[In 2015]…Williams, 34, won three major titles, went 53–3 and provided at least one new measure of her tyrannical three-year reign at No. 1. For six weeks this summer—and for the first time in the 40-year history of the WTA rankings—Williams amassed twice as many ranking points as the world No. 2; at one point that gap grew larger than the one between No. 2 and No. 1,000. Williams’s 21 career Grand Slam singles titles are just one short of Steffi Graf’s Open-era record. Such numbers are reason enough for Sports Illustrated to name Serena Williams its 2015 Sportsperson of the Year.
I would encourage you to follow the link above (or click here) to read the entire article about Serena Williams. It’s lengthy but worth the time to begin to understand and appreciate her as a person and as a celebrity who has truly embraced her power and celebrity status to help others in real and meaningful ways. Like all of us, she has her faults (tennis pun fully intended!), but in overcoming them, it also shows her determination to make herself better; to right some of the the wrongs of her past. She is a remarkable person and a role model for young women like my daughters. Serena Williams is such a worthy recipient of the 2015 SI Sportsman of the Year award because of her many accomplishments on and off the tennis court. I only wish I wasn’t left with one nagging question, though. Why does she have to be sexy?
I actually do not find her sexy at all in this picture. It is odd, however she needs to be …. whatever it is in this picture, but sexy isn’t it.
I don’t think she has to be sexy. But I don’t have a problem with it either. I obviously don’t know the inside details, but how do we know she didn’t have a say in the cover? I think there is some benefit in women like her and Ronda Rousey showing that strong athletic women can be sexy, too. I believe she is also quite into fashion outside of tennis, so it could’ve been a business decision. So, yes I agree with you, she shouldn’t have to be sexy. But I don’t think it’s a problem either. I’d love to hear her take on the cover. Good write up!
Thanks. I agree that her side of it would be great to hear. It’s just very confusing that she is the only winner of that award in 61 years to pose like that. There’s barely any mention of her fashion business in the article because the focus was on the other amazing things she has done with her celebrity status and power.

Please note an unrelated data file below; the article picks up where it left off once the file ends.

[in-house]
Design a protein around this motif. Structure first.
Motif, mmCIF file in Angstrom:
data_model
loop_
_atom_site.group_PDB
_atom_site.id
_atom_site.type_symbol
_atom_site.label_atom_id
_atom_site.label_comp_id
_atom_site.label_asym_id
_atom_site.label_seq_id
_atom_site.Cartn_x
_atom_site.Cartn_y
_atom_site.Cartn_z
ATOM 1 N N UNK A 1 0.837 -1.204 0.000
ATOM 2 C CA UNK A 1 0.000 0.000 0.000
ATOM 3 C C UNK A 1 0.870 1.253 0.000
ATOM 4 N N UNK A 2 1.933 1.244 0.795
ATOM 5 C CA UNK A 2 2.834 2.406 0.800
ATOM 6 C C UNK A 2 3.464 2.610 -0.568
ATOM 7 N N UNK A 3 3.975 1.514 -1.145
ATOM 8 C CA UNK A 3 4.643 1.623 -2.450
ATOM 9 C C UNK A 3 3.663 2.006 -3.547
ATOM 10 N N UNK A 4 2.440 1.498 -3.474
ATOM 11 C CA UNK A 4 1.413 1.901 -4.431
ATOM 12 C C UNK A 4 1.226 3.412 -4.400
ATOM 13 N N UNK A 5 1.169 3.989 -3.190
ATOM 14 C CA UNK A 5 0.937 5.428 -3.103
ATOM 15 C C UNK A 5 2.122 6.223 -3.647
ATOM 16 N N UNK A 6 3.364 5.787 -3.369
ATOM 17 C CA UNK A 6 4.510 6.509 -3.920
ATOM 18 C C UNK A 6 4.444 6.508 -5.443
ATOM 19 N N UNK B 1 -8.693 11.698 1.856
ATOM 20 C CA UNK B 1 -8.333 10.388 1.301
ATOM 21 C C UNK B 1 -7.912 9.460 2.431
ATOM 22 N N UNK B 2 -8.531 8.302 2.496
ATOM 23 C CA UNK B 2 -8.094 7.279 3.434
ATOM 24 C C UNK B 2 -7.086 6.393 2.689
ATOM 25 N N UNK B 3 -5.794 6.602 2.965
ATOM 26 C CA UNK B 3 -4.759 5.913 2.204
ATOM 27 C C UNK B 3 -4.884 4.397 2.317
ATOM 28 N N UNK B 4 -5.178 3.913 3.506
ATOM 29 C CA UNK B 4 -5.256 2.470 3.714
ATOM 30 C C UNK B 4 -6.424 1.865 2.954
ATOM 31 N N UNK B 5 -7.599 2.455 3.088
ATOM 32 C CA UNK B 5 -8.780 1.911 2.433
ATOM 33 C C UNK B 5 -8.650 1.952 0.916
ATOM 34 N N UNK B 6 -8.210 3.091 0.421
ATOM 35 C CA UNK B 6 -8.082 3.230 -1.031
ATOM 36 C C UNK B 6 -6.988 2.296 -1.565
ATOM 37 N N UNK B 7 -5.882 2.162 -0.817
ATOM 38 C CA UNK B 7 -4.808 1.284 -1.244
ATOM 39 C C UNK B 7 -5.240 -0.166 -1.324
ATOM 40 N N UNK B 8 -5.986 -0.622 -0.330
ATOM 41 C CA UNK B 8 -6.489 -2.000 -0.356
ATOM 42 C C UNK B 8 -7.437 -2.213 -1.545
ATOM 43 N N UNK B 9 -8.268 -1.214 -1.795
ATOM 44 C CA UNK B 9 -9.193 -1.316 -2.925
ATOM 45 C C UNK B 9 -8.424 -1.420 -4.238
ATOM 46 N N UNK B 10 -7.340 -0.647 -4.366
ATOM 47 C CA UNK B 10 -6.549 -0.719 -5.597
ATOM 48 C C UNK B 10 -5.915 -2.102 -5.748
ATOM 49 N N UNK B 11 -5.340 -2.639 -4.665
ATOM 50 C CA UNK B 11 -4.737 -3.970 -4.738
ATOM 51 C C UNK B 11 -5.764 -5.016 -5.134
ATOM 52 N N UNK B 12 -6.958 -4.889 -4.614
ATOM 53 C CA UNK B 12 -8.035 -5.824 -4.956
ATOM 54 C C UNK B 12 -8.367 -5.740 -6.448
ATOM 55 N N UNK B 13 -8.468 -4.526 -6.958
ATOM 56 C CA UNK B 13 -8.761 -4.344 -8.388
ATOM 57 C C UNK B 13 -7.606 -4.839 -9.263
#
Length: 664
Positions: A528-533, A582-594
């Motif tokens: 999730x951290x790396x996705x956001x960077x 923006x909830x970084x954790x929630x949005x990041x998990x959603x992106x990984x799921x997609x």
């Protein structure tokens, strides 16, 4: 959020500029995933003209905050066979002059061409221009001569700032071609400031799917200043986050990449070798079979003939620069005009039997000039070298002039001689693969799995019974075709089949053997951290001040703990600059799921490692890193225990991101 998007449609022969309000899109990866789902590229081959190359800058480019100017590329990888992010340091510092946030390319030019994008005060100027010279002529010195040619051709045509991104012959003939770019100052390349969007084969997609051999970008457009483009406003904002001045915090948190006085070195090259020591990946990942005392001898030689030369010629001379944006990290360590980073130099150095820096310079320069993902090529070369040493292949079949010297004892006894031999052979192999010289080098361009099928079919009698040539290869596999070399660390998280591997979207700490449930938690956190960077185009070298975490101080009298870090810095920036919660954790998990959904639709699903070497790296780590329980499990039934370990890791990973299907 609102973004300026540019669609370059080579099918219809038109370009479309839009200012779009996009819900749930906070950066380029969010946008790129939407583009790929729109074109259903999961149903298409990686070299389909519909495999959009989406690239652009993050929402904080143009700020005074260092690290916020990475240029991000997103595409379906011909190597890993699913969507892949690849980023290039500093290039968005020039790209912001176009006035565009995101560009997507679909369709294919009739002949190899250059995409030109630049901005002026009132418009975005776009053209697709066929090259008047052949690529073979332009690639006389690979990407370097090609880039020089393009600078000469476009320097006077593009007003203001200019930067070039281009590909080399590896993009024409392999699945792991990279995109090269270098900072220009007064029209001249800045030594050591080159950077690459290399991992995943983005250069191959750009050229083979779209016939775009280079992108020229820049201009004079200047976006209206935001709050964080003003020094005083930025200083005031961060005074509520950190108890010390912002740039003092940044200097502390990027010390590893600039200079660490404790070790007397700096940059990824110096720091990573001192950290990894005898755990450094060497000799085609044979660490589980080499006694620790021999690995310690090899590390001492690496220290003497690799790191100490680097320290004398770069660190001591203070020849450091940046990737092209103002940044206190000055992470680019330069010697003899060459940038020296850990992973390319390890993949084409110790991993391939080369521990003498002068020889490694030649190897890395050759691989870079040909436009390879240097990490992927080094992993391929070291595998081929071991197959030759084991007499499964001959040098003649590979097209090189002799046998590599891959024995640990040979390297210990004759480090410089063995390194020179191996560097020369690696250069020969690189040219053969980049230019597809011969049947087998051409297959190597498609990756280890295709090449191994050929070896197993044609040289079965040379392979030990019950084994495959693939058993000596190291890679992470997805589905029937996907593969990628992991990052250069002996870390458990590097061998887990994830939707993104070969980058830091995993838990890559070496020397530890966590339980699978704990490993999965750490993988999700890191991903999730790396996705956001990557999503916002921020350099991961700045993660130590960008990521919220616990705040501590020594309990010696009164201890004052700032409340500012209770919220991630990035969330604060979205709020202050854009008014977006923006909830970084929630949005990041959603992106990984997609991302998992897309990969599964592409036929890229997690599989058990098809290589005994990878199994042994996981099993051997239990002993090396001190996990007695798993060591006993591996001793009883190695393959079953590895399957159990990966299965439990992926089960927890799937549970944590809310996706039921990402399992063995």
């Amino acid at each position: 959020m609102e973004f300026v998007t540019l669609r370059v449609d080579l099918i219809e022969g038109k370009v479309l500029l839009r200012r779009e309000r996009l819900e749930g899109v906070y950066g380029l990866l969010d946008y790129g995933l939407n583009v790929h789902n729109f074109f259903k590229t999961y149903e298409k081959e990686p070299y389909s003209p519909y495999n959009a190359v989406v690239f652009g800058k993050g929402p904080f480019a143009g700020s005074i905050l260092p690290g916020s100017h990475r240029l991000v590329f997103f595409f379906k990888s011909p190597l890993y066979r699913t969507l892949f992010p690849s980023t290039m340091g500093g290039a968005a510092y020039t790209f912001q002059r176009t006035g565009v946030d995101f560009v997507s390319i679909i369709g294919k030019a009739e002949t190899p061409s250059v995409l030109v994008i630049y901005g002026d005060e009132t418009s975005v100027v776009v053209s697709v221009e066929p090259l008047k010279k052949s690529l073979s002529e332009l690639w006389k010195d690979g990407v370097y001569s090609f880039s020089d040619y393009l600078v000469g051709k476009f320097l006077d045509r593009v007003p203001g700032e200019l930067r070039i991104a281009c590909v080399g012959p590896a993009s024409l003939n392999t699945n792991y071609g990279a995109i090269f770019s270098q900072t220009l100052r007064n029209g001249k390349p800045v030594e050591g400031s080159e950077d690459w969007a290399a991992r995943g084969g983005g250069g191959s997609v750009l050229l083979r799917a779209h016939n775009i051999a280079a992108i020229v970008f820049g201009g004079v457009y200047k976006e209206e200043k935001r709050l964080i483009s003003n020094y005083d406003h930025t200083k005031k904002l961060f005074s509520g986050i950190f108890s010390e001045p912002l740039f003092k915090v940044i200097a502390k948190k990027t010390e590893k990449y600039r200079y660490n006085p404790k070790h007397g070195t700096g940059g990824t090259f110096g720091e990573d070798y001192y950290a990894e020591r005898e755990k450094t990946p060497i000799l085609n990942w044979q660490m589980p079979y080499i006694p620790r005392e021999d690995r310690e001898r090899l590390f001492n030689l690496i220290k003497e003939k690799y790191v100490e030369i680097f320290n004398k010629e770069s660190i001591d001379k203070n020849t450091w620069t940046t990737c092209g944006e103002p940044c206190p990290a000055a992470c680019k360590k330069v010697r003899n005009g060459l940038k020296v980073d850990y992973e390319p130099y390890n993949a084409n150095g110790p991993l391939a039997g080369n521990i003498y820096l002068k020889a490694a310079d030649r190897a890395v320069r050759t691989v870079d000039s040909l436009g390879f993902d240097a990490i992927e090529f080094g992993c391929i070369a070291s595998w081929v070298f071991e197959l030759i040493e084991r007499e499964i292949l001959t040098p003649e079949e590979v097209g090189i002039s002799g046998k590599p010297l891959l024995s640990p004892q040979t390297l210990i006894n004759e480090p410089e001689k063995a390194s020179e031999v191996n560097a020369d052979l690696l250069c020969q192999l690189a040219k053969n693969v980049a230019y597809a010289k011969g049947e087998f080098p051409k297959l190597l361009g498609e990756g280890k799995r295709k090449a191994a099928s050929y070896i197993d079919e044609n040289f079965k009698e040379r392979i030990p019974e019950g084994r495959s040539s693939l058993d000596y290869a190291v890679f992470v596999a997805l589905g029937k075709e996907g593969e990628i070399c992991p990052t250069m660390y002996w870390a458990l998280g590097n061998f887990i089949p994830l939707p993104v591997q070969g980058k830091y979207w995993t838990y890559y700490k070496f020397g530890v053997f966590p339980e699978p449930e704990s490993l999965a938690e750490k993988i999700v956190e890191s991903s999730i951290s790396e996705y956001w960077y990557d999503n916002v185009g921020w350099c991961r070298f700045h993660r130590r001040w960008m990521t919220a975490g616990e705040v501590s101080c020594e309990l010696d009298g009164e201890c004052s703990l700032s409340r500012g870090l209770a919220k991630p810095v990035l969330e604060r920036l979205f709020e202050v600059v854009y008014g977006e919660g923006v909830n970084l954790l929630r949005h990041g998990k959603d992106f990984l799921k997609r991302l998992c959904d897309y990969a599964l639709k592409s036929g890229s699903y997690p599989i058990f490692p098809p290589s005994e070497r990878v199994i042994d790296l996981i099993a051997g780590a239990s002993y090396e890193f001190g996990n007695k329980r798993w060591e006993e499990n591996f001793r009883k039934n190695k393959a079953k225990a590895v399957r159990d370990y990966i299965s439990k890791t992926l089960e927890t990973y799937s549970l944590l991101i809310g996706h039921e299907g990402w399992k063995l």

I have a daughter and I hear exactly what you are saying.
But I’m curious to hear from Serena about her thoughts and feelings on this.
She doesn’t strike me as someone who needed the cover or would do it unless she wanted to.
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Second thought, didn’t Serena get some flak early this year about not being feminine?
I wonder if it’s tied into that.
To me it’s stupid, never thought of her as anything but, ultimately I hope she did it because she wanted to.
I’m pretty sure there have been some rude comments about her being so “strong and athletic” instead of “skinny and beautiful” like so many of the other women of professional tennis…which only further illustrates the ridiculous double-standard female athletes face now. Be a winner BUT LOOK BEAUTIFUL! And, if the cover choice was Serena’s idea or it related to a previous controversy, it should have been addressed in the article. But it wasn’t.
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I LOVE seeing a man who feels this way. If I had a daughter I think I’d cringe whenever a woman was objectified for NO other reason than it’s expected. (I have sons, so I just turn my head) I guess we may never know for sure, but it seems unlikely that Serena would have done this for any reason other than just feeling like it. She’s powerful and respected enough to look any way she wants on any media lucky enough to have her.
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Thanks. Turns out that Serena helped coordinate the photo shoot as a way to not only get back at her detractors but also to help promote her own fashion line. Like you said, though, she’s powerful enough to do what she wants.